Abstract: The study of nuclei far from stability is one of the most active and challenging areas of nuclear structure physics. The neutron-proton imbalance in nuclei approaching the dripline(s) affects the detailed impacts of the residual interaction, modifying single-particle energies and potentially leading to altered ground and excited-state properties. In addition, at the very edge of stability, the proximity of the continuum to the bound states may modify wavefunctions further.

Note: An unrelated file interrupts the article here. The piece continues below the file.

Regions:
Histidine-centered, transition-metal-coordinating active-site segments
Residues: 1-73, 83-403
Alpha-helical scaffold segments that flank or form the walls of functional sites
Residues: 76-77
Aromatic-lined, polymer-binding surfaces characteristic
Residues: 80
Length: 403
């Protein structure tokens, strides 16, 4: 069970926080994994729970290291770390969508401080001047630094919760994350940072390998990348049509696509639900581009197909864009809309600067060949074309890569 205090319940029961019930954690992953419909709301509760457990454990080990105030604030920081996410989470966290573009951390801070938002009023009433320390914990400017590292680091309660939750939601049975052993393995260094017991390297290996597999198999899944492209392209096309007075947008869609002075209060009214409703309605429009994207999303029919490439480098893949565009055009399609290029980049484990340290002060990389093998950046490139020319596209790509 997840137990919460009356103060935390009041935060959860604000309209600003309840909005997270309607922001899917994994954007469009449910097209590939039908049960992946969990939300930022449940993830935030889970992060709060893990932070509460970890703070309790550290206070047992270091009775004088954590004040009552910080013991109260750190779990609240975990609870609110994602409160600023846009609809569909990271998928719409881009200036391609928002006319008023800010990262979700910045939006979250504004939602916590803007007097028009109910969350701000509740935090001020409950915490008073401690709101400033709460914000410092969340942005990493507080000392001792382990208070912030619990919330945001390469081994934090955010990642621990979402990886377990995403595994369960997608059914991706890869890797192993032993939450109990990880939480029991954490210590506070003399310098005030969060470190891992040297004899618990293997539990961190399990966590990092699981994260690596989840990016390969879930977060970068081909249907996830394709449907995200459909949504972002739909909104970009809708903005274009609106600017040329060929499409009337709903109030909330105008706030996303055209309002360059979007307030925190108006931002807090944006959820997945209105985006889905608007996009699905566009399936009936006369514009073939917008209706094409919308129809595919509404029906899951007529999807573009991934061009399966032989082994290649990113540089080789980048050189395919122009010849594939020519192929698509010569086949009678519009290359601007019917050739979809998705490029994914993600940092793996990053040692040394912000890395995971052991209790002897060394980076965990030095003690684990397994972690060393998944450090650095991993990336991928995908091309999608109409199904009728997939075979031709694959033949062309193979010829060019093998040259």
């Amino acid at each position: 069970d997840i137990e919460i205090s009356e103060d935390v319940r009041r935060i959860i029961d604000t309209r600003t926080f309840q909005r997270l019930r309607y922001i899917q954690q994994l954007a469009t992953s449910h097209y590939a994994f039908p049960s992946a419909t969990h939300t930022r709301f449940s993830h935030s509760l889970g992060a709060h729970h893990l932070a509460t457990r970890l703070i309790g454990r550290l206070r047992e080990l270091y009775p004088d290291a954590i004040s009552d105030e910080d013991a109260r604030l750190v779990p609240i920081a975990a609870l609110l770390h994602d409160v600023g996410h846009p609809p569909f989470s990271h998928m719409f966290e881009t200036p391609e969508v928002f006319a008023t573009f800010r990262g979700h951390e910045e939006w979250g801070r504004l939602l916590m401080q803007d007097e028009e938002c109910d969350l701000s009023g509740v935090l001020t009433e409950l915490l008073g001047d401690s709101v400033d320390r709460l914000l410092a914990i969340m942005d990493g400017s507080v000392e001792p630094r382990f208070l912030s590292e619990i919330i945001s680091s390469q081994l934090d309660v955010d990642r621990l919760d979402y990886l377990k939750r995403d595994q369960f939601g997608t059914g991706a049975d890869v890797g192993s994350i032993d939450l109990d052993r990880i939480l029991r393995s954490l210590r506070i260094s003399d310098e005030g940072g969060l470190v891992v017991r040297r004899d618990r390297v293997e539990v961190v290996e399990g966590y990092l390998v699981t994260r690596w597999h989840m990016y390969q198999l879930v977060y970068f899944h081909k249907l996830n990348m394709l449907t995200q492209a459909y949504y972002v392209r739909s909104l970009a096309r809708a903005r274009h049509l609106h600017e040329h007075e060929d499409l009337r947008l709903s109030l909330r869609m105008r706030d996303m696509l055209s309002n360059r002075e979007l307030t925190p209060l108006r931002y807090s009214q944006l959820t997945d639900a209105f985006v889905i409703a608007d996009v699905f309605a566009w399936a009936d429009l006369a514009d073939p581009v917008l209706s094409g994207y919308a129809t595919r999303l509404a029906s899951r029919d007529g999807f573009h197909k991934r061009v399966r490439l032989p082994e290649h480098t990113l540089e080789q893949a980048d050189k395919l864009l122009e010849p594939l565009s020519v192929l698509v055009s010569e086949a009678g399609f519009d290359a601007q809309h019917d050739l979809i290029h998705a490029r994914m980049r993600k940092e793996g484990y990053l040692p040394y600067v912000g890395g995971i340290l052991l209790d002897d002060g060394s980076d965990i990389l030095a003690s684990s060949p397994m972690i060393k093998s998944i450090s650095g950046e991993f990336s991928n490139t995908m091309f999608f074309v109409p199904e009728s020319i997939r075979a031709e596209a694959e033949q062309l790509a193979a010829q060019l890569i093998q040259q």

I will discuss a range of recent experimental measurements exploring different aspects of the structure in the most neutron-rich isotopes. One of the most exotic neutron-rich nuclei currently accessible to experiment is 40Mg, which lies at the intersection of the nucleon magic number N=28 and the drip line, and is expected to have a large prolate deformation similar to that observed in the neighboring lighter isotopes 32-38Mg. In addition, the occupation of the weakly bound low-l p3/2 state may lead to the appearance of an extended neutron halo. 40Mg offers an exciting possibility and rare opportunity to investigate the coupling of weakly bound valence particles to a deformed core, and the influence of near threshold effects on collective rotational motion. I will discuss the results of an experiment carried out at RIBF to study 40Mg, the unexpected excitation spectrum observed, and possible interpretations for the structure of this key nucleus.